Gary Puckett to play Casino Ballroom this weekend in the Happy Together Tour

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When Gary Puckett burst upon the national music scene in 1967, he and his band, the Union Gap, sought to “capture the world.”

Riding the wave of their first hit record, "Woman, Woman," they captured a fair share of the pop rock world with powerful and provocative lyrics infused with Puckett’s soaring tenor vocals. While the individual members of his band have changed through the years, Puckett has endured. His music still resonates with audiences, whose makeup extends across generations.

Gary Puckett will perform Sunday, June 26 at the Hampton Beach Casino Ballroom as part of the Happy Together Tour.
Gary Puckett will perform Sunday, June 26 at the Hampton Beach Casino Ballroom as part of the Happy Together Tour.

In short, the Puckett brand has maintained its hold on the nostalgia crowd – and his oldies shows do draw crowds. That will be evident Sunday, June 26, at the Hampton Beach Casino Ballroom when Gary Puckett and the Union Gap perform as part of the Happy Together Tour.

The concert, which begins at 8 p.m., also features the Turtles (after whose biggest hit the tour is named), the Association, the Vogues, the Cowsills, and the Classics IV.

Puckett, who’ll turn 80 years old Oct.17, discussed what he believes is behind his half century-plus of performing and why his popularity has remained at such a high level.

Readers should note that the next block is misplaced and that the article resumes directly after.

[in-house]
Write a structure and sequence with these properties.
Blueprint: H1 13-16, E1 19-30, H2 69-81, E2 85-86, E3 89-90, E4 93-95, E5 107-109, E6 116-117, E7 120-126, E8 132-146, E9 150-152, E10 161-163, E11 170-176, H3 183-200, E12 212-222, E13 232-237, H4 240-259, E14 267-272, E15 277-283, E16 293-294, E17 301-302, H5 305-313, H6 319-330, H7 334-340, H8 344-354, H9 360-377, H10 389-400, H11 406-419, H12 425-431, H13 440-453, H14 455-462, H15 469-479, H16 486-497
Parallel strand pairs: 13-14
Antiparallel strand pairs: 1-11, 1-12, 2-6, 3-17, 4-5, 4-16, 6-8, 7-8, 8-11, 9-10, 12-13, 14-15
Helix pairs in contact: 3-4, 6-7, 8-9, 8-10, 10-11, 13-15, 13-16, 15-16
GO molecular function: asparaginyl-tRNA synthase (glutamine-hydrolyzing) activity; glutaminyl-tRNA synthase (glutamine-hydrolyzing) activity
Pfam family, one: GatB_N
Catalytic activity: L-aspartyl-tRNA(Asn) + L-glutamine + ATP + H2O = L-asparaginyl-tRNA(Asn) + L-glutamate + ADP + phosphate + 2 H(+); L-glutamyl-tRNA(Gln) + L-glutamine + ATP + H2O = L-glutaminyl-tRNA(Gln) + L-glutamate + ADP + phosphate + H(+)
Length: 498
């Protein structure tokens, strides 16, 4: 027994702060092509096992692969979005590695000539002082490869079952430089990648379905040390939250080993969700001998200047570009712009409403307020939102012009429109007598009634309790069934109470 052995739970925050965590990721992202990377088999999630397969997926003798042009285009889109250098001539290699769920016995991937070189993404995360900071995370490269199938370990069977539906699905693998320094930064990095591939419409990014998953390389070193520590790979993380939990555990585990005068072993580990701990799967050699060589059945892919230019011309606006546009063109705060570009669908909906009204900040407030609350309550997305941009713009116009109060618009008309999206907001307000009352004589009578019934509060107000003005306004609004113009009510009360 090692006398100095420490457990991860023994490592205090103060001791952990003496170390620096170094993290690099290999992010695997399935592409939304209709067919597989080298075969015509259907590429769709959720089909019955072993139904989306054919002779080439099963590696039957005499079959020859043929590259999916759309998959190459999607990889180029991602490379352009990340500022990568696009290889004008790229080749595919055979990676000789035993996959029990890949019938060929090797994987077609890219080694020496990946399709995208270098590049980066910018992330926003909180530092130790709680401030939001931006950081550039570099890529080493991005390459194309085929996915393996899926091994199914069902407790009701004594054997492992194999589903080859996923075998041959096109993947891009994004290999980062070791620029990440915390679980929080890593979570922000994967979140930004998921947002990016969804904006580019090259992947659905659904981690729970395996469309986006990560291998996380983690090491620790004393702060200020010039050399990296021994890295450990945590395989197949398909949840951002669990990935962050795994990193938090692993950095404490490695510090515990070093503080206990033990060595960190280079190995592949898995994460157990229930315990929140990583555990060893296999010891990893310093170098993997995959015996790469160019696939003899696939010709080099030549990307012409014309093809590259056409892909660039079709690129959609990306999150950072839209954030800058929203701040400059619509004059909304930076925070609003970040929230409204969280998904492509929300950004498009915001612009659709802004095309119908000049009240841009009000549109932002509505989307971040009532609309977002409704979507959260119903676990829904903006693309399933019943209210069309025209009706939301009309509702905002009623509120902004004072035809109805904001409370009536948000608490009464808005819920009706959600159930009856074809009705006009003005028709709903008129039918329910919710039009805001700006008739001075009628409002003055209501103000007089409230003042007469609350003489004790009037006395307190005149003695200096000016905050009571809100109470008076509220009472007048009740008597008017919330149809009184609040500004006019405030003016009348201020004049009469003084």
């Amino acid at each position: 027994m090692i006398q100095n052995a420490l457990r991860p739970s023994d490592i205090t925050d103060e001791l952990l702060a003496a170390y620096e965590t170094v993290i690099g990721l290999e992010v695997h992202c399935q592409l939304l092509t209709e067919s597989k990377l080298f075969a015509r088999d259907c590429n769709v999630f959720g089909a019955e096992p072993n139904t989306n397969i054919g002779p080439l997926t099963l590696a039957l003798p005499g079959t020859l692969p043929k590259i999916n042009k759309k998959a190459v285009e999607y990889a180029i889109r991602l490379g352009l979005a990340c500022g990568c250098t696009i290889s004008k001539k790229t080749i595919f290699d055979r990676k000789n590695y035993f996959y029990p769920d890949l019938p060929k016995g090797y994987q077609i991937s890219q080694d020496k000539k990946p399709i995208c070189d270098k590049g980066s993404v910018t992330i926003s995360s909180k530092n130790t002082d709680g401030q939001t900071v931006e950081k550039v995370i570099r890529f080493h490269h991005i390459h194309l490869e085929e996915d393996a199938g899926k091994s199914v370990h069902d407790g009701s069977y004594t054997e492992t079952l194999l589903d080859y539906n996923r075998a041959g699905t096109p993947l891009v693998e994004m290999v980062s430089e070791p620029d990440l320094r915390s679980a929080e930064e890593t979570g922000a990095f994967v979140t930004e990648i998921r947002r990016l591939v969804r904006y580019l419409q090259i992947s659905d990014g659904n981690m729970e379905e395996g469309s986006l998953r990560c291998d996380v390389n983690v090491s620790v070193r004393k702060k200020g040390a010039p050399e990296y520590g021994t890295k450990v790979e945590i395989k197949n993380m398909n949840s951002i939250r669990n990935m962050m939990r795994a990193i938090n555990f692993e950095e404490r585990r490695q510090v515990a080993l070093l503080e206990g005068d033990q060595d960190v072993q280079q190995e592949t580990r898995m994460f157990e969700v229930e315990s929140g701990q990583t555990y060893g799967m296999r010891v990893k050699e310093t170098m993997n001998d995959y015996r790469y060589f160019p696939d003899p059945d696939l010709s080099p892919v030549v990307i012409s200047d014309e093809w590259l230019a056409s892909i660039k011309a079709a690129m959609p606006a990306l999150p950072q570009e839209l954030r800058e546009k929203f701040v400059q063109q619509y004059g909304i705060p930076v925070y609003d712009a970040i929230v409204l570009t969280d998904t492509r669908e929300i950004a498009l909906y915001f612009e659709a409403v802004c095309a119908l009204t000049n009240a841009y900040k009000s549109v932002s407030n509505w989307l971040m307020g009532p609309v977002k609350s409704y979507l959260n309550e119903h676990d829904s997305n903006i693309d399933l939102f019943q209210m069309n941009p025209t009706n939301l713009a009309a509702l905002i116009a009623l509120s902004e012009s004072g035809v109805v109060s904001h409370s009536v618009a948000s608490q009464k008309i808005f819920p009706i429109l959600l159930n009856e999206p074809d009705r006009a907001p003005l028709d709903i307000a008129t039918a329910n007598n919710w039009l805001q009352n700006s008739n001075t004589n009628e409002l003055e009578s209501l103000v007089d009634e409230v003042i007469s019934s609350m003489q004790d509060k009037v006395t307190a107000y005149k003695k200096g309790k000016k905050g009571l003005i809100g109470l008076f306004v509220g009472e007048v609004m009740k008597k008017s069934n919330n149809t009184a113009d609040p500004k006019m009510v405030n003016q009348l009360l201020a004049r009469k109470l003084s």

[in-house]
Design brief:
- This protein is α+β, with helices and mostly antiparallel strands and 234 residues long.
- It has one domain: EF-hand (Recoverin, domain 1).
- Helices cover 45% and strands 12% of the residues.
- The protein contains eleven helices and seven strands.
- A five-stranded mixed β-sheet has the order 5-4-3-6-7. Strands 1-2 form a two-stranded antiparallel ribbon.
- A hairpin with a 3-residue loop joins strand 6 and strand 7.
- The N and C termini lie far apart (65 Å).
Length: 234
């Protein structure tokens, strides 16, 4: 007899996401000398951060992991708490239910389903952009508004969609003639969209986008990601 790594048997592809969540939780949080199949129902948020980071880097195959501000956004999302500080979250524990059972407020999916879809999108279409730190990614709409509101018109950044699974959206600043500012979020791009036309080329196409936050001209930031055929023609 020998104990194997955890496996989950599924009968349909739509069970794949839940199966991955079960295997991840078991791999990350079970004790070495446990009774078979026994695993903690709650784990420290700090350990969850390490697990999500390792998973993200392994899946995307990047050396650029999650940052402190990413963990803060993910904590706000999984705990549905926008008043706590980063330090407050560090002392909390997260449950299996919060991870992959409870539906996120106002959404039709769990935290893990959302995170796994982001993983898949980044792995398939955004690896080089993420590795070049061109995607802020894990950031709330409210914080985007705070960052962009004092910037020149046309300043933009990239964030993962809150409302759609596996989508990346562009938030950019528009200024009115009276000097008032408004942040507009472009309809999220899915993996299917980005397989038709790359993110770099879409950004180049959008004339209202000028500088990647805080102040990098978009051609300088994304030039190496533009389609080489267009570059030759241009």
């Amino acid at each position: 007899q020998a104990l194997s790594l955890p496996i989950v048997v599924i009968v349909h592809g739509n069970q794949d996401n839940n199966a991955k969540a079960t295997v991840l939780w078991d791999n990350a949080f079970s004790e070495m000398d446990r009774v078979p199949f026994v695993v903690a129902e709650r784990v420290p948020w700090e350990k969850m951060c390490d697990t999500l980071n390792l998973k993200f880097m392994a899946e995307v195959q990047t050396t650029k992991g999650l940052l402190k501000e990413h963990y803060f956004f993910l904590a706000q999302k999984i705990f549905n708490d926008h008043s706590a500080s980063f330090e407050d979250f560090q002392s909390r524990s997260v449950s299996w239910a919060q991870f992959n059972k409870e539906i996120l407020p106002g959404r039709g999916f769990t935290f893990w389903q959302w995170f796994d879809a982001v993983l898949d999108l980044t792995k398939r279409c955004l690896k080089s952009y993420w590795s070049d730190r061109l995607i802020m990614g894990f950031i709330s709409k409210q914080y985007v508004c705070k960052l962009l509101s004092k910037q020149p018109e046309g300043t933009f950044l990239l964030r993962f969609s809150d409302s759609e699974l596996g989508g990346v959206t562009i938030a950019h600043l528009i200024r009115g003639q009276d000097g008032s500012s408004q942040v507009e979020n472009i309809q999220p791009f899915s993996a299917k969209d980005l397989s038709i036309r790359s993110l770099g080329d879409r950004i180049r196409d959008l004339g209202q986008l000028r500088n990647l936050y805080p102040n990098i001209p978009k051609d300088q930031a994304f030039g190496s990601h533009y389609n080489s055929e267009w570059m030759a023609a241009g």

“I don't know; maybe they just think I’m a nice guy or something,” he quipped by phone from his home in Clearwater, Fla.                                                                                    

“We’re fortunate to be able to continue to go out and meet the fans and play the songs for them. I suppose I'll continue to be out there as long as the good Lord will allow me to.”

Written by Jim Glaser and Jimmy Payne and recorded in August 1967, "Woman, Woman" was Puckett & the Gap’s debut single and became a million-seller in short order. Entering the Billboard Hot 100 chart on Nov. 12 of ’67, it peaked at No. 4 in January 1968.

"Woman, Woman" was one of four Billboard Top 10 singles from Puckett & Co. in the U.S. in 1968. The other three, written by Jerry Fuller: "Young Girl," "Lady Willpower" (both reaching No. 2 on Billboard) and "Over You" (No. 7). They sold more singles in America than the Beatles that year – Puckett estimating “14 or 15 million” vinyl discs purchased by their devotees.

All the while Gary dressed himself and the band in Union Army-style Civil War uniforms, Puckett seeking an image unlike that of any other songsters of that era. No bell bottoms for our boys.

A significant portion of the fans showing up for Gary Puckett and the new-version Union Gap these days weren’t born yet when the songs were released decades ago. That means the children and grandchildren of those who listened live in the Sixties have crossed generational lines in reverse, going back in time for their choice of music.

“I notice young people in the crowds and oftentimes I'll ask them how they know the music,” said Puckett, married with two daughters and four grandchildren. “Their answers are varied, but oftentimes they’ll say, ‘Well, I just don't care so much for the music of my generation, so I searched the Internet and I ran across the Sixties, or your music in particular.’